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Old 03-04-10, 11:10 AM   #1
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Default Indian Summer

Indian Summer
The young man did not know about the Tropic of Cancer but he was standing right on that imaginary line. The line crossed the Laguna Mountains three or four days walk from the end of this long crooked finger of land, Baja California. The mountains here were like a long ragged tent, sagging from the rocky peaks into dusty wrinkled canyons. It had not rained for ten months and soon the clouds were sure to begin building in the west.

The boy found water in the second arroyo south of the caves. He did not like the caves or the bats. His hair and nut-brown skin smelled of smoke from last night's fire. He had slept fitfully beneath a big encino, a black oak normally found far north of this prickly dry place. A seep in the wall of the arroyo fastened the tree to the mountain, pulled him under the tree like a warm nest inviting a tired wren. The bats fluttered into his dreams, they flew easily from dream to dream, he willed his dreams to make their hideous faces blurred, indistinct.

The tough and durable pitahaya cactus bore enough fruit not only to survive and flourish but to feed all the things smart or brave or hungry enough to find these small red pincushions attached to its spinney limbs. The sticky sweet balls had been the salvation for the Pericue Indians for centuries, when the land and the sea gave up little else. This morning he found several red dulces in a clump of pitahaya, knocked them off and speared them with a stick. Another stick, rubbed on all sides of the skin, removed the tiny, but painful cactus needles that covered it. He had competition -- the birds and iguanas had eaten most of the ripe ones and many fruit skins lay at the base of the large cactus, the sweet pulp covering the seeds now sustaining other creatures.

When the sun was almost directly overhead, he climbed into a huge zalate tree. Most of the plants held no names for him. This ficus is sometimes called the strangler fig because it envelopes and overtakes other hardwoods. Where there are no hardwoods, the zalate uses huge boulders as a base for its long, water-seeking roots. He ate some of the small, bland figs and watched the arroyo below for signs of life. He took note of the running water below -- he would have to drink as much as he could hold before he began his trek, later in the day, to the east and south.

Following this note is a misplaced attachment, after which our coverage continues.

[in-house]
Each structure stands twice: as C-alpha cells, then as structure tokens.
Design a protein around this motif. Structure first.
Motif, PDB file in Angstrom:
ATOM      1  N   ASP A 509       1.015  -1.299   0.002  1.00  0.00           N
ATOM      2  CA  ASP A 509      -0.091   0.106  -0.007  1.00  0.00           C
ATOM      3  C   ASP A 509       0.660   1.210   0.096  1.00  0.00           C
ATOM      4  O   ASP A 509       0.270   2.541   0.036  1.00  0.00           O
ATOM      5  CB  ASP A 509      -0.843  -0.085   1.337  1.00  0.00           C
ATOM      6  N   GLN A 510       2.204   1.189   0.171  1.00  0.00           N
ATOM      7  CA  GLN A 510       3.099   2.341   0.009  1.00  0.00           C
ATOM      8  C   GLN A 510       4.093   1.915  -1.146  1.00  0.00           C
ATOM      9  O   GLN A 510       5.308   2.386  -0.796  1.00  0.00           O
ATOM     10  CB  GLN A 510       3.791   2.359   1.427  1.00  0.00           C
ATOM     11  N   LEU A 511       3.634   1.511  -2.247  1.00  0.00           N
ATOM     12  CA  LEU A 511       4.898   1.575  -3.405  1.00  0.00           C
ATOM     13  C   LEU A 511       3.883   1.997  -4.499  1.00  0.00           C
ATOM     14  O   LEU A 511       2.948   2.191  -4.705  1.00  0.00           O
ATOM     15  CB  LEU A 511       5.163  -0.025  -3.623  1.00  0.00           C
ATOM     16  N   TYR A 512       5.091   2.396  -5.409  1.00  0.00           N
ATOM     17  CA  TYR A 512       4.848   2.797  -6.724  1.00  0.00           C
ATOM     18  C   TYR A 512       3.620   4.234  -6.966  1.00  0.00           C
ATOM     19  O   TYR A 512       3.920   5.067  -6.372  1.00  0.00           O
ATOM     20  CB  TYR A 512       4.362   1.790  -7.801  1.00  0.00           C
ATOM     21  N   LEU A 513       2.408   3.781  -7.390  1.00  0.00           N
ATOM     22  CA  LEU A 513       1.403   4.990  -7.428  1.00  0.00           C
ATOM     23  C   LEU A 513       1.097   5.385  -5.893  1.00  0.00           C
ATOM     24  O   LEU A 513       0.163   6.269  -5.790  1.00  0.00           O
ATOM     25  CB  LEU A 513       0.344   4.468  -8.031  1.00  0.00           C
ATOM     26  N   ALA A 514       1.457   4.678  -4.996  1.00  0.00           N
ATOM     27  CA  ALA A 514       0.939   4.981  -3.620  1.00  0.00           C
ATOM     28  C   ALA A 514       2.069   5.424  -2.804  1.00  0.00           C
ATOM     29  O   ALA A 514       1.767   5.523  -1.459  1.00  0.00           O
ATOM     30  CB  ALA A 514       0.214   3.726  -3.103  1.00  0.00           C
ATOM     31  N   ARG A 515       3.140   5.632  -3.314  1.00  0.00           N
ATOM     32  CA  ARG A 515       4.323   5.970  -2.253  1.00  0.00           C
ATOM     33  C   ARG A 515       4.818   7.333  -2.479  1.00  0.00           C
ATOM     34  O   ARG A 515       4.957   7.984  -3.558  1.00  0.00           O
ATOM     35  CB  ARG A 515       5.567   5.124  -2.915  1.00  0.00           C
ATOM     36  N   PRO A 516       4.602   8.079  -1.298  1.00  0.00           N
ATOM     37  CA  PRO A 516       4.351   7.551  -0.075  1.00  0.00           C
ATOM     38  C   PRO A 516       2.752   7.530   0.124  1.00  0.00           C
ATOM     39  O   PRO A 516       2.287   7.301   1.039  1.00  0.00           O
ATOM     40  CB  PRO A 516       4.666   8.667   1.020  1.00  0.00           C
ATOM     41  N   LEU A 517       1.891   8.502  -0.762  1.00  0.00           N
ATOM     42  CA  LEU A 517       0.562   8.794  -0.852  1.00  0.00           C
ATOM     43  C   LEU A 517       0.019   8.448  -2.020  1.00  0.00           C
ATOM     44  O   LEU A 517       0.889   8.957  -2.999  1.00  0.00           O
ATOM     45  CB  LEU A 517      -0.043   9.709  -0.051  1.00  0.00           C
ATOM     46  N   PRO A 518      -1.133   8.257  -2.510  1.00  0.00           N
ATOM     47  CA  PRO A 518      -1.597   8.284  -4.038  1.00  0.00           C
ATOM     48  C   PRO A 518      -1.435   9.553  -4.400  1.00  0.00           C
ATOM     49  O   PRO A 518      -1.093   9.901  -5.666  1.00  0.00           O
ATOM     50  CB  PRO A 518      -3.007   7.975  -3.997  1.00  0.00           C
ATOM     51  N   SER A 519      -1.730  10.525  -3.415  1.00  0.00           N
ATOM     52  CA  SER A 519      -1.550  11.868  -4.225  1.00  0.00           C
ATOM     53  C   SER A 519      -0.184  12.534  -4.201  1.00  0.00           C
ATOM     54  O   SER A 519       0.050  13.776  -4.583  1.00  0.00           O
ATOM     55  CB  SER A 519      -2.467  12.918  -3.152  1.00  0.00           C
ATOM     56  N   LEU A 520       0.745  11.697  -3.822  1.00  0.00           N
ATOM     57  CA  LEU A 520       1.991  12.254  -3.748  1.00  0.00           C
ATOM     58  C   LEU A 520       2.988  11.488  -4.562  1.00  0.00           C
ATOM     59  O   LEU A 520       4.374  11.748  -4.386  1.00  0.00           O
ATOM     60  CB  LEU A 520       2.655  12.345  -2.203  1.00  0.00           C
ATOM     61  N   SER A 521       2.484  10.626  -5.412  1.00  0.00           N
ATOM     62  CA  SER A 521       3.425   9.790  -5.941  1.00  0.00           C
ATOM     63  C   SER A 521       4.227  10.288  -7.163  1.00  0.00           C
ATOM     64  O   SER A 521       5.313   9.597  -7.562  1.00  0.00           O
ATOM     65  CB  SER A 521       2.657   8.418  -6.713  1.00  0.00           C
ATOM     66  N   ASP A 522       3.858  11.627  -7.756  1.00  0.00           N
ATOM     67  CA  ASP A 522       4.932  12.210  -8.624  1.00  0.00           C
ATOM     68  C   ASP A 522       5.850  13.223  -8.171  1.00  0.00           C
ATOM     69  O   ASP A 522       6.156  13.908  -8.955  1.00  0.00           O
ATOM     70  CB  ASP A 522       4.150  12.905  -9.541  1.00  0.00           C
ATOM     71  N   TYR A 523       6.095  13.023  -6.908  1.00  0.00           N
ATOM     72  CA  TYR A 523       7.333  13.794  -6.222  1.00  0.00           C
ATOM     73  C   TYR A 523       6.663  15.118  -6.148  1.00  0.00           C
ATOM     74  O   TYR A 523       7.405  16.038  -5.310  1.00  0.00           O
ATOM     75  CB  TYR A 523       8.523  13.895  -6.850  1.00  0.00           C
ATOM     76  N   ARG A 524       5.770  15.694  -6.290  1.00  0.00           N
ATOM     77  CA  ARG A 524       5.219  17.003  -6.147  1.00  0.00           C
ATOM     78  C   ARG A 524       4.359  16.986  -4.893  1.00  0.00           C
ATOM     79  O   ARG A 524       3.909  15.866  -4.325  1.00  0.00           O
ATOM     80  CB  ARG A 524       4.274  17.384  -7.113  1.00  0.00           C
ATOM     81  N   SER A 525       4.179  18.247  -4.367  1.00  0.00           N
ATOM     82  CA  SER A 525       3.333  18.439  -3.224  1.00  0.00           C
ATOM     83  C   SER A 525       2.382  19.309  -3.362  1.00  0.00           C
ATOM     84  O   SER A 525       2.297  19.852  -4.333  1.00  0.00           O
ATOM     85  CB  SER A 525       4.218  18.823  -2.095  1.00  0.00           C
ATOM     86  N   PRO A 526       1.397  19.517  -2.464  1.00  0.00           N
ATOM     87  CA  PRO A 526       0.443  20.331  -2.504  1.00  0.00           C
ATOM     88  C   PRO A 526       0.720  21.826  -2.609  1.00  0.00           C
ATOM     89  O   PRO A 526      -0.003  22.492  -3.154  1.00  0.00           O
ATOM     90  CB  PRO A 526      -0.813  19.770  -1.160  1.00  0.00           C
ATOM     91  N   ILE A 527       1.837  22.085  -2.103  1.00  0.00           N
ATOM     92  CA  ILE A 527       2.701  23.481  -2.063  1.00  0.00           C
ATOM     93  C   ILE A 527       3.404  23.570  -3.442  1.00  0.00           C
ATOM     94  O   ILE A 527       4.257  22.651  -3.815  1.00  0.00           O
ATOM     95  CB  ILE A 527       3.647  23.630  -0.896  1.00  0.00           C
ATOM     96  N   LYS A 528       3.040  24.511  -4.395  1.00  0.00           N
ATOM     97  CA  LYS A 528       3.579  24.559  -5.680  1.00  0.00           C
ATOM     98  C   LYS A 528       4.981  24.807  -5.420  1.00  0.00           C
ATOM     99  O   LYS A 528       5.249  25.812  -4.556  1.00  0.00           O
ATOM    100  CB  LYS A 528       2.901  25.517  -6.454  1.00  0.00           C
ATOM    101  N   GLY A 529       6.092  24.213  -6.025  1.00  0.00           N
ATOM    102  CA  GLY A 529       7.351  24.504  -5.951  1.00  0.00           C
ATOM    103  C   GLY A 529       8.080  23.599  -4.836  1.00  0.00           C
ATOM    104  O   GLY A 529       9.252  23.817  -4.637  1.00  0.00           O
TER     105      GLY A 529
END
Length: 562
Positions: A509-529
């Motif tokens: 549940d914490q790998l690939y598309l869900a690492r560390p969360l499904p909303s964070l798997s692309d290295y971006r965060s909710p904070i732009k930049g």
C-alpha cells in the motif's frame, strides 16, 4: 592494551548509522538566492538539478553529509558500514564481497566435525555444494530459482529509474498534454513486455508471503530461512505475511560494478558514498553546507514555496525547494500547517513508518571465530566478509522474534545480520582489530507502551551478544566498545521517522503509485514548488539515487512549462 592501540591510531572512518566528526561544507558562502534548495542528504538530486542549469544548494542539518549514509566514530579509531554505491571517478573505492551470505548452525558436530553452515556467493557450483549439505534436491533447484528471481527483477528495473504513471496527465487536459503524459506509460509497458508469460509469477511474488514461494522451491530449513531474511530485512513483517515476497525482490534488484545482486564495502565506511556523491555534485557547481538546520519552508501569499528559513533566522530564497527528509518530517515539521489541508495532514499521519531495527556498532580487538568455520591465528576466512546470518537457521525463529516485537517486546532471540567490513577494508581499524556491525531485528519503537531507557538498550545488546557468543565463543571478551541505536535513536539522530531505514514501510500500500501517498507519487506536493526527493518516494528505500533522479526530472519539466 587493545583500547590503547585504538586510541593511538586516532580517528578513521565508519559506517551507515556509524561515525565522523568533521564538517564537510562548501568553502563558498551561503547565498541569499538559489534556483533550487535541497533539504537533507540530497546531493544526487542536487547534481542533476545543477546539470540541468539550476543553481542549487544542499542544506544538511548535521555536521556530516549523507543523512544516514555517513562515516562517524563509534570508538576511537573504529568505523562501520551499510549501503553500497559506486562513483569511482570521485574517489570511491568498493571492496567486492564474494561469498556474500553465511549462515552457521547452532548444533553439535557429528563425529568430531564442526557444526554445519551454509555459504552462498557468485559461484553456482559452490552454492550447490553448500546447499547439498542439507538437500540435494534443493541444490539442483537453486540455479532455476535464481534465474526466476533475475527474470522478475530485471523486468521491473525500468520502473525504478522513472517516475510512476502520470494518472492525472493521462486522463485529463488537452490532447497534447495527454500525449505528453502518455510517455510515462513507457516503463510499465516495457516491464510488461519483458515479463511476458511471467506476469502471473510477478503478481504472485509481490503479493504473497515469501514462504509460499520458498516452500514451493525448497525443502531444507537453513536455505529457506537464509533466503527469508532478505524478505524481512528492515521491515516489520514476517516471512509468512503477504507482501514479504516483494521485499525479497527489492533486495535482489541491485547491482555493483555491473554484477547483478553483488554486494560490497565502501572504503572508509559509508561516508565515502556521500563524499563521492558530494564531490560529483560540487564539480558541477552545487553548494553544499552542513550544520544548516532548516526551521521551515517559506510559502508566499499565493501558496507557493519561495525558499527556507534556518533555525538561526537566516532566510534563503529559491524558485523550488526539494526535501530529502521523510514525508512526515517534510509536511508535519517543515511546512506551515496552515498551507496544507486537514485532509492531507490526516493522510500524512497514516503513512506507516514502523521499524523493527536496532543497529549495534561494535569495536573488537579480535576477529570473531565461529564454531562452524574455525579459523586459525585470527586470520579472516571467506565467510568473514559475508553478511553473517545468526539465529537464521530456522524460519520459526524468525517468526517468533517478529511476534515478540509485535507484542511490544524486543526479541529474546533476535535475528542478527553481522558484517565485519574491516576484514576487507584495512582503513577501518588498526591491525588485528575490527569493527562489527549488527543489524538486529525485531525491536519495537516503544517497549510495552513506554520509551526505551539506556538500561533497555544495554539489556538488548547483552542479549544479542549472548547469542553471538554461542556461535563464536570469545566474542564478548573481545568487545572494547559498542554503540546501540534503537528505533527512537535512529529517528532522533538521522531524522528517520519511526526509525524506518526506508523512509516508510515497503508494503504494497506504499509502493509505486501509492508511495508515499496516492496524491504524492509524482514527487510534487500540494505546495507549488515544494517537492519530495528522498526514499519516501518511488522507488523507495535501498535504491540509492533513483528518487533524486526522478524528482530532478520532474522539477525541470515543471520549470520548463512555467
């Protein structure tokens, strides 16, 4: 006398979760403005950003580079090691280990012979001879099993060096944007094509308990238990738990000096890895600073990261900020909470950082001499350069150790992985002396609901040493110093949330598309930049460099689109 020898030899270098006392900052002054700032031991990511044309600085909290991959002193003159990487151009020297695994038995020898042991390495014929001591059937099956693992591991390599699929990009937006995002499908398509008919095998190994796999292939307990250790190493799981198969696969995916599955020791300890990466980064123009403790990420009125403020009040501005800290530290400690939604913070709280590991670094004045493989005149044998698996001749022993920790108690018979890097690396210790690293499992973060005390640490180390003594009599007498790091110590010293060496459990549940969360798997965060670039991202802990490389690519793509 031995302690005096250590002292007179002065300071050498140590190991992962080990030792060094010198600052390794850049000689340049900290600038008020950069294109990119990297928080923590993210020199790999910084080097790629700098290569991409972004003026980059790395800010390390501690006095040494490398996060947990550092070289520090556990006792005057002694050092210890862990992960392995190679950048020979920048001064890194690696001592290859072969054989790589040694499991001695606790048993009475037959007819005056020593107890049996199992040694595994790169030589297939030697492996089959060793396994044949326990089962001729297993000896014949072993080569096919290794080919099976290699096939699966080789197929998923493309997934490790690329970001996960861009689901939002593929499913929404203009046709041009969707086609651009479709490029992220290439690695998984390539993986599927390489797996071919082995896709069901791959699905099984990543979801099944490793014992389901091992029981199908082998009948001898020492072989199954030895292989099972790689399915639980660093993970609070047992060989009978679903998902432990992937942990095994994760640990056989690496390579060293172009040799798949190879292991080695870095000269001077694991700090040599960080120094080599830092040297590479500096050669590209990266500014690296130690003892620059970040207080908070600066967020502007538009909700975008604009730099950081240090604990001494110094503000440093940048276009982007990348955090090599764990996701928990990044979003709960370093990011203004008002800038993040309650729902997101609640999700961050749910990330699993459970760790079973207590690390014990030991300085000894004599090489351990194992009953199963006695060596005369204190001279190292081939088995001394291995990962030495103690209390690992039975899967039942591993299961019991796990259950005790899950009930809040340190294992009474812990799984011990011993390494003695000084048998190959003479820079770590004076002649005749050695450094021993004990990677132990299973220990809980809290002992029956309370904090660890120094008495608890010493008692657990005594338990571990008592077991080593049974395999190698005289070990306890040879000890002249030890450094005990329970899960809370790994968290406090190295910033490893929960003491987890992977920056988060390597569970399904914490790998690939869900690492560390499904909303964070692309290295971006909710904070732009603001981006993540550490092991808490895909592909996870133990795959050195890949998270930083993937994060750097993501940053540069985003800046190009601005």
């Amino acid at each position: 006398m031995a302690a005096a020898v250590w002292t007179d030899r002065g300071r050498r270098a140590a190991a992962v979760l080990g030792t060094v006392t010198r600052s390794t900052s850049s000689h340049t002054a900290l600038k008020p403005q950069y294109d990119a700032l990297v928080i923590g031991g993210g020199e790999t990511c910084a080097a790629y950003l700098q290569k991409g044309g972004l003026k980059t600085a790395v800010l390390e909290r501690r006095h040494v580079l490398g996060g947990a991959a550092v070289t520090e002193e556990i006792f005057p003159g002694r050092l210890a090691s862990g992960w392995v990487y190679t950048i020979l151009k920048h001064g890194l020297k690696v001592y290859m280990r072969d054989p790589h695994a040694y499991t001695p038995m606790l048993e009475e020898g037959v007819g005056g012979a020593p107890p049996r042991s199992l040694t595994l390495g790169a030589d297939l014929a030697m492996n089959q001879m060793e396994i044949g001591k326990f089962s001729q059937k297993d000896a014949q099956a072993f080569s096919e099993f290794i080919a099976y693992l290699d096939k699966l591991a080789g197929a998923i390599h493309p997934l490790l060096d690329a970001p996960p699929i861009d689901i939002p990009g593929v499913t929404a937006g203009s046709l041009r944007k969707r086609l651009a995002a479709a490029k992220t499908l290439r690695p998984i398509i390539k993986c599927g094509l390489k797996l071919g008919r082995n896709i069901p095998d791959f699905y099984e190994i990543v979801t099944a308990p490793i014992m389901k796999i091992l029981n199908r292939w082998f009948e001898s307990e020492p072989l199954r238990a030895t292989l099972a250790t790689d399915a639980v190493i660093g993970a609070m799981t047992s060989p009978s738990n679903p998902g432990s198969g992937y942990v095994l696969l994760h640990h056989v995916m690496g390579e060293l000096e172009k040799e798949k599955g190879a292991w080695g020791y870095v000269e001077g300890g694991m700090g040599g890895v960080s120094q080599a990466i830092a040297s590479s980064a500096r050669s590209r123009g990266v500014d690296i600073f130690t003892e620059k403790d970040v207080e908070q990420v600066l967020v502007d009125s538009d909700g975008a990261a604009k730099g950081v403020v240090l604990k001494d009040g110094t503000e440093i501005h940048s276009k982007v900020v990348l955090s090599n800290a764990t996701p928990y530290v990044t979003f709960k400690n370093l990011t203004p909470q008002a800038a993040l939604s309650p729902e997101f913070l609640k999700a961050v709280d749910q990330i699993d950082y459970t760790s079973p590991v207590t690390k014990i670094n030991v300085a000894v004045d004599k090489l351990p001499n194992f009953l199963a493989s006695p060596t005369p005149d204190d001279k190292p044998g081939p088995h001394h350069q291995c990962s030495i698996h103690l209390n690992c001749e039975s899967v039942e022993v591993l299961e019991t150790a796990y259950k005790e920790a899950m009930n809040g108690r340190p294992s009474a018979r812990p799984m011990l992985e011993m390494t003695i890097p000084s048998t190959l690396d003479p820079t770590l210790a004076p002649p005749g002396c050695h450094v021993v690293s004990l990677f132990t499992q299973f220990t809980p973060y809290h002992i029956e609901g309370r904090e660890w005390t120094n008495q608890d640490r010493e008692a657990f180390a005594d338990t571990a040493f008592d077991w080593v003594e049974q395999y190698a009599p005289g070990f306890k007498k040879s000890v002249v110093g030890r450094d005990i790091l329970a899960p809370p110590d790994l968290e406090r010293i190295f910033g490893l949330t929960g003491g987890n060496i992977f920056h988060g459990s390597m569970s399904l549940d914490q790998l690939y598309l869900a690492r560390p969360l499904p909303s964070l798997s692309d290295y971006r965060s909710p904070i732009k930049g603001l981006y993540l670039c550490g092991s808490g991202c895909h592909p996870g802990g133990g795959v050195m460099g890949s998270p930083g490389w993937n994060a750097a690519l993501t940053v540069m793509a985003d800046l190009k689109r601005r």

The arroyos were safe places to walk, sand and rock and occasionally some cooling water. Travel was much more difficult as he crossed the ridges between these arroyos. His palm rope sandals gave him some protection from the spinney things beneath each footstep but the sides of his feet, his ankles and calfs were open to the punishment of the desert. This was fairly open country, no Teddy-bear cholla cactus and few staghorns. The danger here was the deadfall of the pitahaya cactus, the very plant that gave him the energy to move about during the day. He also knew that the fist-size fuzz balls that were the offspring of the cardon could cripple him. Like the cholla, the cardon seeds held strong poison in each of its thousands of tiny spines. The boy knew he could not move about during the night unless the moon was full and the sky held no promise of clouds. He must move now--he must find the trace.

The sun would not stay in the sky much longer. From high in another zalate tree he saw the trace. A dusty line, down through the desert, following a ravine like a snake after a mate. His desperation, the small flames of fear building in him all day, were blown out by his whoops and laughter.

The boy, Kip Hafen, could now see the little red Chevy beside the road and his pace increased measurably. He had promised his girlfriend, Darlene, and the other couple, Brad and Marsha that he would have the rental car back at the Twin Dolphins hotel before dark on Thursday.

He was born and raised in the tiny southern Arizona hamlet of Los Patos. The green spot on the talus of a craggy canyon had been a welcome watering place for the Indians who traveled the valleys of the mighty Chiricahua Mountains. His love for the desert, its moods, animals, plants and dangers held him and framed his spirit. Even on short vacation trips like this to Baja California, he always tried to find the time to visit other deserts and play Indian; imagine what it might have been like to walk in their footsteps. This day and a half his companions had allowed him, had filled his cup and he was now ready to return to their world. He would show his appreciation tonight, he'd buy dinner and drinks at one of the famous lobster restaurants and then dance til dawn at Squid Roe or the Giggling Marlin. The thought of a cool shower and a real bed brought a grin to his thin but handsome face as he headed south toward Cabo San Lucas.
Old 03-04-10, 11:25 AM   #2
Marty Cortez
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Thumbs up Re: Indian Summer

Thanks for that.
Old 03-04-10, 11:27 AM   #3
La Guera
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Default Re: Indian Summer

Wow! What a great story you tell Osprey. I felt like I was there with him! Now I'm going to go and take a shower.
Old 03-04-10, 06:38 PM   #4
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Default Re: Indian Summer

Well done & engrossing as usual, Osprey!
Old 03-04-10, 09:33 PM   #5
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Default Re: Indian Summer

I'm still pulling cactus spines out of my ankles!